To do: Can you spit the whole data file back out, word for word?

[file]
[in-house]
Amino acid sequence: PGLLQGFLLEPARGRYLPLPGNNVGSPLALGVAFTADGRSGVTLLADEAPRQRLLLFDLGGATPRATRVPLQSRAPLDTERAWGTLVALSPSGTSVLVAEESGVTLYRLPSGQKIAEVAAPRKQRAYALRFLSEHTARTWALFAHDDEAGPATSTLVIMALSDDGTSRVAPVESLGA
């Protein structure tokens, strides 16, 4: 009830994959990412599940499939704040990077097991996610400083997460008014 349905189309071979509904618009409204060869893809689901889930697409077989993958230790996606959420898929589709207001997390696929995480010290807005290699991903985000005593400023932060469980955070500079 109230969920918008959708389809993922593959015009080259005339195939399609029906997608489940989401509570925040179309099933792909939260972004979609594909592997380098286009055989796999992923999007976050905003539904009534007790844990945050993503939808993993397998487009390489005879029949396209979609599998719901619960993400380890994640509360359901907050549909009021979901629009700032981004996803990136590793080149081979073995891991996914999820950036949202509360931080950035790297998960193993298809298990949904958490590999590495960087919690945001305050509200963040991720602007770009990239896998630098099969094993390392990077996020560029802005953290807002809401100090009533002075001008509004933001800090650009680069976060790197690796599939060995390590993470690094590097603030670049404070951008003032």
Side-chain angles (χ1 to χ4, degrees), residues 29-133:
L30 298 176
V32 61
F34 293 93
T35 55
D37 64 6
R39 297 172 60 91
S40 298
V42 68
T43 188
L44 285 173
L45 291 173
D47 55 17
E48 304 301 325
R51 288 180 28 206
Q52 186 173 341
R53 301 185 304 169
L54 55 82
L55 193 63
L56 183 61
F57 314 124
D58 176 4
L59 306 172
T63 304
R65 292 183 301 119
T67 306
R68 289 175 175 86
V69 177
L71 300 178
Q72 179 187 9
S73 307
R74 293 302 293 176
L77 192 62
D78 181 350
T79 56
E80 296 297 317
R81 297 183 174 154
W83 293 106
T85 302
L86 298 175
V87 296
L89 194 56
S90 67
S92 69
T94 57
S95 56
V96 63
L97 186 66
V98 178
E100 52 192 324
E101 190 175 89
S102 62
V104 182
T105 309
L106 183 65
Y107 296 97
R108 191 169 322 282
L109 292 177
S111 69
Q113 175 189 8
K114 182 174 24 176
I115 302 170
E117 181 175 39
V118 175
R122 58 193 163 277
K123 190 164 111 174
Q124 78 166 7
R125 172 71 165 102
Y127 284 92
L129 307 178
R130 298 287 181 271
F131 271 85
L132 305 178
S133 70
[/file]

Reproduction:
[in-house]
Amino acid sequence: PGLLQGFLLEPARGRYLPLPGNNVGSPLALGVAFTADGRSGVTLLADEAPRQRLLLFDLGGATPRATRVPLQSRAPLDTERAWGTLVALSPSGTSVLVAEESGVTLYRLPSGQKIAEVAAPRKQRAYALRFLSEHTARTWALFAHDDEAGPATSTLVIMALSDDGTSRVAPVESLGA
């Protein structure tokens, strides 16, 4: 009830994959990412599940499939704040990077097991996610400083997460008014 349905189309071979509904618009409204060869893809689901889930697409077989993958230790996606959420898929589709207001997390696929995480010290807005290699991903985000005593400023932060469980955070500079 109230969920918008959708389809993922593959015009080259005339195939399609029906997608489940989401509570925040179309099933792909939260972004979609594909592997380098286009055989796999992923999007976050905003539904009534007790844990945050993503939808993993397998487009390489005879029949396209979609599998719901619960993400380890994640509360359901907050549909009021979901629009700032981004996803990136590793080149081979073995891991996914999820950036949202509360931080950035790297998960193993298809298990949904958490590999590495960087919690945001305050509200963040991720602007770009990239896998630098099969094993390392990077996020560029802005953290807002809401100090009533002075001008509004933001800090650009680069976060790197690796599939060995390590993470690094590097603030670049404070951008003032």
Side-chain angles (χ1 to χ4, degrees), residues 29-133:
L30 298 176
V32 61
F34 293 93
T35 55
D37 64 6
R39 297 172 60 91
S40 298
V42 68
T43 188
L44 285 173
L45 291 173
D47 55 17
E48 304 301 325
R51 288 180 28 206
Q52 186 173 341
R53 301 185 304 169
L54 55 82
L55 193 63
L56 183 61
F57 314 124
D58 176 4
L59 306 172
T63 304
R65 292 183 301 119
T67 306
R68 289 175 175 86
V69 177
L71 300 178
Q72 179 187 9
S73 307
R74 293 302 293 176
L77 192 62
D78 181 350
T79 56
E80 296 297 317
R81 297 183 174 154
W83 293 106
T85 302
L86 298 175
V87 296
L89 194 56
S90 67
S92 69
T94 57
S95 56
V96 63
L97 186 66
V98 178
E100 52 192 324
E101 190 175 89
S102 62
V104 182
T105 309
L106 183 65
Y107 296 97
R108 191 169 322 282
L109 292 177
S111 69
Q113 175 189 8
K114 182 174 24 176
I115 302 170
E117 181 175 39
V118 175
R122 58 193 163 277
K123 190 164 111 174
Q124 78 166 7
R125 172 71 165 102
Y127 284 92
L129 307 178
R130 298 287 181 271
F131 271 85
L132 305 178
S133 70